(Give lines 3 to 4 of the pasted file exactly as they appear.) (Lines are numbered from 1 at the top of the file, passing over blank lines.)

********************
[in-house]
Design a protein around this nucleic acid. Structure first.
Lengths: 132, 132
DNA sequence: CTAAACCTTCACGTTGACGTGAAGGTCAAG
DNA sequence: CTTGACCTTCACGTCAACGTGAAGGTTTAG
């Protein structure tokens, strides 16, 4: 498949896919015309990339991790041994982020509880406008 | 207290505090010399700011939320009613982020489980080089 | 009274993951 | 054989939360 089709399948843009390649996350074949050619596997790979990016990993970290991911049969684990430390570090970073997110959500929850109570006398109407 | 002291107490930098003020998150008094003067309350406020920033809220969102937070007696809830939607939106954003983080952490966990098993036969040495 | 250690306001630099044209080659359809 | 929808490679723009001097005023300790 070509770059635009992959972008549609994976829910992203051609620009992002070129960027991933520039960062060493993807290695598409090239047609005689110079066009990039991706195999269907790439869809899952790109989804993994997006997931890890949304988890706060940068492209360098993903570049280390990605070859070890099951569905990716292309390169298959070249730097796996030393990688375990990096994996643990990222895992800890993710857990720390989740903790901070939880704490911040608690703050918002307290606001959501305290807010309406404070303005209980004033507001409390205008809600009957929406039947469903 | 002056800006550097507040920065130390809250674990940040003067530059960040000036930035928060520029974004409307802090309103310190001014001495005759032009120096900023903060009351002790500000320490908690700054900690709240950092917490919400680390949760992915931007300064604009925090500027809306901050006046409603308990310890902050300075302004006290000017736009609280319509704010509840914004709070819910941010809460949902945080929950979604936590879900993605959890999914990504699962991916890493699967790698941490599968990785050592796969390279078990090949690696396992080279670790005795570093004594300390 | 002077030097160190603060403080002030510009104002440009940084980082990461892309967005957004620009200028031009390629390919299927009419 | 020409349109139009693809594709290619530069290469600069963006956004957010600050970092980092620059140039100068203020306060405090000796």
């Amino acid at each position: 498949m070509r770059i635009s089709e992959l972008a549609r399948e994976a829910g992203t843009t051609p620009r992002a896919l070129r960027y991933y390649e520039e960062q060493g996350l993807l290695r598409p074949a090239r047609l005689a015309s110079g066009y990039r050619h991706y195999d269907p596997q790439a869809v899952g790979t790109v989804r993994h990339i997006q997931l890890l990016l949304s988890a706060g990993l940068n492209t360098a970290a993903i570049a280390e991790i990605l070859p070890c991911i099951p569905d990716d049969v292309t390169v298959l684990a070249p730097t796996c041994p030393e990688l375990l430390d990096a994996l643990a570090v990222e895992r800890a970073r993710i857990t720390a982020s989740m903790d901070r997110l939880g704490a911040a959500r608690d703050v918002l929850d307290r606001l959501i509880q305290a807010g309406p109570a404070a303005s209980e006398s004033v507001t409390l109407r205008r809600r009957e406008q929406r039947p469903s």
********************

Lengths: 132, 132
DNA sequence: CTAAACCTTCACGTTGACGTGAAGGTCAAG